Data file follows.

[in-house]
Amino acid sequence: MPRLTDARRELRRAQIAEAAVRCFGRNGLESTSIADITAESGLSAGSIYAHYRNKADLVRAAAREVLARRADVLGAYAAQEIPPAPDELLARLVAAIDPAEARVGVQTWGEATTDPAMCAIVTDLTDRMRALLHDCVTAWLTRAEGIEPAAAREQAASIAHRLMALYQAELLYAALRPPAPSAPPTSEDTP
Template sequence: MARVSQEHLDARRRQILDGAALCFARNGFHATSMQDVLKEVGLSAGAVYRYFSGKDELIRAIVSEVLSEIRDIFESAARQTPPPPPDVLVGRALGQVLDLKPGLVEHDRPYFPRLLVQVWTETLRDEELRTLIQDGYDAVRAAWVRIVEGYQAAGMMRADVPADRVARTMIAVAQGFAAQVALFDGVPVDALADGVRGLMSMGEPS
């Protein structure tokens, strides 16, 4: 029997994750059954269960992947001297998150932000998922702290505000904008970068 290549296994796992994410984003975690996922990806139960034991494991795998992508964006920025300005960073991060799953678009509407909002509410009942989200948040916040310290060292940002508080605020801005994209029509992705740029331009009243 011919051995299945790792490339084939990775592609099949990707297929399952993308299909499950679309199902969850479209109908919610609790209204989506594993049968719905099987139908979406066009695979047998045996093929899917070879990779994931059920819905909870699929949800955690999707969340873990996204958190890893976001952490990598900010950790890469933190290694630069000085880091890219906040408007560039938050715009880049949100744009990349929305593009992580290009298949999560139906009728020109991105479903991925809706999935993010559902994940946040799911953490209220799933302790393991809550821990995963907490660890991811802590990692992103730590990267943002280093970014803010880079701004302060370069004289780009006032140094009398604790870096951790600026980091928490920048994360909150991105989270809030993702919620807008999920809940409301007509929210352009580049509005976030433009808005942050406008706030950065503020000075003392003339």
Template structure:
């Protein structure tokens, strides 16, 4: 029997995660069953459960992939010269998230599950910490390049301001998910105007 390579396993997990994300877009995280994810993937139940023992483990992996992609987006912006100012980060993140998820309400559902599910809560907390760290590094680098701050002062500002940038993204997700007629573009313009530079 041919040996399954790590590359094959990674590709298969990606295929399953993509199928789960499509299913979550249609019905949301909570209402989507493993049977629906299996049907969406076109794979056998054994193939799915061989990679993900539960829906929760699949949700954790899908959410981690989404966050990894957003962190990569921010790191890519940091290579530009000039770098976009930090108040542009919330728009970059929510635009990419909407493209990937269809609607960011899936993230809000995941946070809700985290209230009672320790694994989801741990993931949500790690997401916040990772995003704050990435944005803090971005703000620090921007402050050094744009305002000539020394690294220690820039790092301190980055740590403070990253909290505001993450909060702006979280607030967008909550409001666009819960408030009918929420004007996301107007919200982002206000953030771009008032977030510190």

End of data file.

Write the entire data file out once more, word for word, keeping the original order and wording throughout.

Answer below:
[in-house]
Amino acid sequence: MPRLTDARRELRRAQIAEAAVRCFGRNGLESTSIADITAESGLSAGSIYAHYRNKADLVRAAAREVLARRADVLGAYAAQEIPPAPDELLARLVAAIDPAEARVGVQTWGEATTDPAMCAIVTDLTDRMRALLHDCVTAWLTRAEGIEPAAAREQAASIAHRLMALYQAELLYAALRPPAPSAPPTSEDTP
Template sequence: MARVSQEHLDARRRQILDGAALCFARNGFHATSMQDVLKEVGLSAGAVYRYFSGKDELIRAIVSEVLSEIRDIFESAARQTPPPPPDVLVGRALGQVLDLKPGLVEHDRPYFPRLLVQVWTETLRDEELRTLIQDGYDAVRAAWVRIVEGYQAAGMMRADVPADRVARTMIAVAQGFAAQVALFDGVPVDALADGVRGLMSMGEPS
């Protein structure tokens, strides 16, 4: 029997994750059954269960992947001297998150932000998922702290505000904008970068 290549296994796992994410984003975690996922990806139960034991494991795998992508964006920025300005960073991060799953678009509407909002509410009942989200948040916040310290060292940002508080605020801005994209029509992705740029331009009243 011919051995299945790792490339084939990775592609099949990707297929399952993308299909499950679309199902969850479209109908919610609790209204989506594993049968719905099987139908979406066009695979047998045996093929899917070879990779994931059920819905909870699929949800955690999707969340873990996204958190890893976001952490990598900010950790890469933190290694630069000085880091890219906040408007560039938050715009880049949100744009990349929305593009992580290009298949999560139906009728020109991105479903991925809706999935993010559902994940946040799911953490209220799933302790393991809550821990995963907490660890991811802590990692992103730590990267943002280093970014803010880079701004302060370069004289780009006032140094009398604790870096951790600026980091928490920048994360909150991105989270809030993702919620807008999920809940409301007509929210352009580049509005976030433009808005942050406008706030950065503020000075003392003339």
Template structure:
């Protein structure tokens, strides 16, 4: 029997995660069953459960992939010269998230599950910490390049301001998910105007 390579396993997990994300877009995280994810993937139940023992483990992996992609987006912006100012980060993140998820309400559902599910809560907390760290590094680098701050002062500002940038993204997700007629573009313009530079 041919040996399954790590590359094959990674590709298969990606295929399953993509199928789960499509299913979550249609019905949301909570209402989507493993049977629906299996049907969406076109794979056998054994193939799915061989990679993900539960829906929760699949949700954790899908959410981690989404966050990894957003962190990569921010790191890519940091290579530009000039770098976009930090108040542009919330728009970059929510635009990419909407493209990937269809609607960011899936993230809000995941946070809700985290209230009672320790694994989801741990993931949500790690997401916040990772995003704050990435944005803090971005703000620090921007402050050094744009305002000539020394690294220690820039790092301190980055740590403070990253909290505001993450909060702006979280607030967008909550409001666009819960408030009918929420004007996301107007919200982002206000953030771009008032977030510190």